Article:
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Television for doctors, circa 1991 – part 2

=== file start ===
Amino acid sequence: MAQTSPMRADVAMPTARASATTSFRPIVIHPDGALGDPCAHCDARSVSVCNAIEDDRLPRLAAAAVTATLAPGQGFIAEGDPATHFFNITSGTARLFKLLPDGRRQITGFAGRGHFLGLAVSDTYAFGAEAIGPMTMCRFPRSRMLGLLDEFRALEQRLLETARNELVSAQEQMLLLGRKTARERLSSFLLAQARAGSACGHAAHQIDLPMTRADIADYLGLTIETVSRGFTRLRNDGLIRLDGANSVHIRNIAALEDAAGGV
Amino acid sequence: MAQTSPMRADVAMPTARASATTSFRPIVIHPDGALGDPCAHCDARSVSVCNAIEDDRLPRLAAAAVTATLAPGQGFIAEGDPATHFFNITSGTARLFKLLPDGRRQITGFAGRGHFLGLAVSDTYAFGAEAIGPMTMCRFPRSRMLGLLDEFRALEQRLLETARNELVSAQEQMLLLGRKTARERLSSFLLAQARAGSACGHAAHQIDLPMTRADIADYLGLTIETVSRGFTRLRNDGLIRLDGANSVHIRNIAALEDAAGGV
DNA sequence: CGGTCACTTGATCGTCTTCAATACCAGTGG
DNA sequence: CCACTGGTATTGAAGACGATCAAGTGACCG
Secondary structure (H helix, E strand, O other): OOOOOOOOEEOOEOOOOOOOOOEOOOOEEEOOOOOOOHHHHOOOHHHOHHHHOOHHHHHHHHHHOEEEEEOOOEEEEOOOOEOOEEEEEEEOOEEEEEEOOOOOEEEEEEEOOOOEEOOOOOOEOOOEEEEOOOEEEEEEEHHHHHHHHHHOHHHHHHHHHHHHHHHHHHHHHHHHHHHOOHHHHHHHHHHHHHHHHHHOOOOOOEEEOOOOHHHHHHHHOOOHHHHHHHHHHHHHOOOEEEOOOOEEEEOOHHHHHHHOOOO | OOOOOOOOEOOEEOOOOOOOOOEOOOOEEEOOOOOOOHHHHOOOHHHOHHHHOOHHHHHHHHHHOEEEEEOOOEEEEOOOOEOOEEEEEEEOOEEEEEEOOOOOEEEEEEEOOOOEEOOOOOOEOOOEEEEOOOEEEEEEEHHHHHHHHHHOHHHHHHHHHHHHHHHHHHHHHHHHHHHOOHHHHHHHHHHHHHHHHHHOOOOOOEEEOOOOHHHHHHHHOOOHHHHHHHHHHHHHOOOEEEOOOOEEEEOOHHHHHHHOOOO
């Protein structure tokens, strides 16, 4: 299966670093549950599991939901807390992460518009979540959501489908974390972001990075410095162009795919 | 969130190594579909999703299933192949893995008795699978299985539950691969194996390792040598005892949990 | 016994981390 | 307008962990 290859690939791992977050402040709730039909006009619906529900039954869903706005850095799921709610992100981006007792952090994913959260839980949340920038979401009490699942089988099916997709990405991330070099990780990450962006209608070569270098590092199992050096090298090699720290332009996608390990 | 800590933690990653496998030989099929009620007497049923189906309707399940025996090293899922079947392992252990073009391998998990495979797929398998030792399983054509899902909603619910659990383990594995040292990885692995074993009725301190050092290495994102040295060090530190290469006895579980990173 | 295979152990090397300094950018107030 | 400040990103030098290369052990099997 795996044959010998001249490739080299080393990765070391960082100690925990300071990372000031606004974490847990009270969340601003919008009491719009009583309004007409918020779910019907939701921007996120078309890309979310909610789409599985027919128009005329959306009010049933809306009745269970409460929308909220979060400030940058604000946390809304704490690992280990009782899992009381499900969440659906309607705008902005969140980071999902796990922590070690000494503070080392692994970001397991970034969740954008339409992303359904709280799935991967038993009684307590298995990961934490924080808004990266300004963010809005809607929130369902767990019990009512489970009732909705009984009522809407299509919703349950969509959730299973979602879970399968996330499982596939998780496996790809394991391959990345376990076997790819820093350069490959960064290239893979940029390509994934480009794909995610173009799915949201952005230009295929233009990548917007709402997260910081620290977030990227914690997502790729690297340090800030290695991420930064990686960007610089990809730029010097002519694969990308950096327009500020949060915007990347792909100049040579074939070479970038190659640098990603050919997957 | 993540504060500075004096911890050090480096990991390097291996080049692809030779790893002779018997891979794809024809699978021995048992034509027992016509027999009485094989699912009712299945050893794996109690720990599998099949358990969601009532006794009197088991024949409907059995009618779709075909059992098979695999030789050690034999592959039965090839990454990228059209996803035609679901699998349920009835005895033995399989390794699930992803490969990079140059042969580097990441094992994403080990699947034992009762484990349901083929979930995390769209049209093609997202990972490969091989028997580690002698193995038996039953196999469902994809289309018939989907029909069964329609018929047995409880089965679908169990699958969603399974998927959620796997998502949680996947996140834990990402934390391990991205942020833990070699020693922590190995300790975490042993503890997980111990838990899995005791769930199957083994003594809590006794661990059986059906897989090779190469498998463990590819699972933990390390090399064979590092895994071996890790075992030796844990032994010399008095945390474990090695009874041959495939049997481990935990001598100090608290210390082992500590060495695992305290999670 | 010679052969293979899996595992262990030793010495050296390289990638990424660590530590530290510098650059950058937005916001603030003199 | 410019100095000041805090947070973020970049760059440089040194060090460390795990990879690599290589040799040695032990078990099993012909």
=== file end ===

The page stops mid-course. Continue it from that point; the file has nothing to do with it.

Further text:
♪♪ [piano] With more and more Americans aware of their cholesterol levels today, you see Questran Light in a lot of places. That’s because Questran Light is first-step drug therapy for treating elevated cholesterol, no matter what their number. Questran Light with NutraSweet is an improved formulation … less powder, good-tasting, and it’s easy to take. Non-systemic Questran Light fits right in with a healthy lifestyle. It’s easy to take along, too. And all it takes is one dose in the morning, and one in the evening, to get started on reducing the risk of coronary heart disease. And isn’t that what lowering cholesterol’s all about? So write Light. Questran Light … {cholestyramine for oral suspension}. ♪♪ When we come back — major medical news of the week, and the state of the art in medical imaging. ♪♪ ♪♪ [classical] Imagine what our educational programs would be like without our sponsors. [static] The next time you see a representative from a company that advertises on your favorite programs, say thank you for supporting Lifetime Medical Television. TNF and IL-1 are important cytokines which mediate information in the brain and meninges. Just how, uh, does this impact on therapy?>>TNF and IL-1 are the seminal mediators, and if we can inhibit their production, we feel that inflammation can be greatly reduced. [V.O.] Please join Dr. Stephen Zinner, our special guest, and me for “Infectious Disease ’91.” Next Sunday at 4 p.m. on Lifetime Medical Television. [clock ticking loudly] Because your patients with angina or hypertension are subject to each day’s ups … and downs, they need a drug that isn’t. Procardia XL (nifedipine extended release tablets). Constant control of angina and hypertension … that lasts all day, and night, and into the next morning, with one daily dose. The most common side effects are headache and edema. [clock ticking] ♪♪ Nicoderm (nicotine transdermal system). Available soon from Marion Merrell Dow. ♪♪ Cultivating an effective approach to the treatment of hypertension … requires attention to the broad range of therapeutic options. Now, there’s a calcium channel blocker from Merck, Sharp & Dohme … for the treatment of mild to moderate hypertension. New Plendil (felodipine). Plendil focuses more activity on vascular smooth muscle than cardiac muscle. Plendil lowers blood pressure mainly by decreasing peripheral vascular resistance. Plus, it provides the convenience of once-a-day dosing. New, once-a-day, vascular-selective Plendil. Plendil may occasionally precipitate significant hypotension, and rarely, syncope. It may lead to reflex tachycardia, which in susceptible individuals may precipitate angina pectoris. ♪♪ [announcer reading words on screen] “Family Practice Update” is produced in cooperation with the American Academy of Family Physicians. ♪♪ Hello, I’m Dr. Bob Rakel. Welcome to “Family Practice Update” It’s the latest medical advances brought to life. Through sight and sound. Doctors get direct exposure to important medical procedures. Ultrasound. Fetal surgery. Diagnostic gastroscopy. Fine-needle biopsy. And many others. It’s all day, every Sunday, so doctors can choose viewing times at their convenience. It’s information directed to a doctor’s special needs and interests. Cardiology. Internal medicine. Obstetrics and gynecology. Family practice. It’s the network devoted entirely to physicians — an engaging look at medicine in action. Lifetime Medical Television. We bring medical information to life. Lifetime Medical Television takes this opportunity to thank … the American Academy of Family Physicians, the American Academy of Pediatrics, the American College of Cardiology, the American College of Obstetricians and Gynecologists, the American College of Physicians, and the American Dental Association … We appreciate the cooperation of such great medical organizations. They represent a valuable commitment to an important medical educational resource. Lifetime Medical Television. Experts discuss using a newly developed assay for diagnosing Hepatitis C. Watch “Internal Medicine Update,” next on Lifetime Medical Television. Lately, patients have been asking me a lot of questions about over-the-counter analgesics. What to use for what. Uh, side effects. What works? Now, I’ve always preferred Tylenol for pain relief when patients have certain conditions. Like Michelle there, for her laceration. There was a bleeding risk, so I recommended Tylenol. Or Lynn Barrett for his headaches. He takes an anticoagulant — Tylenol again. Then there’s Paula Ridder. Now, that’s a little different. She’s perfectly healthy otherwise, just strained her back, so I used to suggest aspirin or ibuprofen. I guess I thought they were more effective. But it’s not true. In fact, the data show that for mild to moderate pain, a thousand milligrams of Tylenol is actually more effective than 650 milligrams of aspirin. And as effective as 400 milligrams of ibuprofen. So I’m giving effective pain relief, along with the excellent safety profile I’ve always associated with Tylenol. Paula Ridder’s back strain? I’ll tell her to take Extra Strength Tylenol. It’ll make us both feel good. How does this Nobel Prize-winning cardiologist treat angina? Tune in Sunday, November 10th, at 5:30 p.m. Dr. Bernard Lown describes “The Benign Nature of Coronary Disease.” Give us 30 minutes each week, and we’ll keep you current with the most important articles in the world’s leading medical journals. Watch “Journal Watch.” Today on Lifetime Medical Television, at 5 and 7 p.m. Eastern and Pacific times. ♪♪ [music with heartbeat/EKG sound motif] “Internal Medicine Update” on Lifetime Medical Television. We bring medical information … to life.

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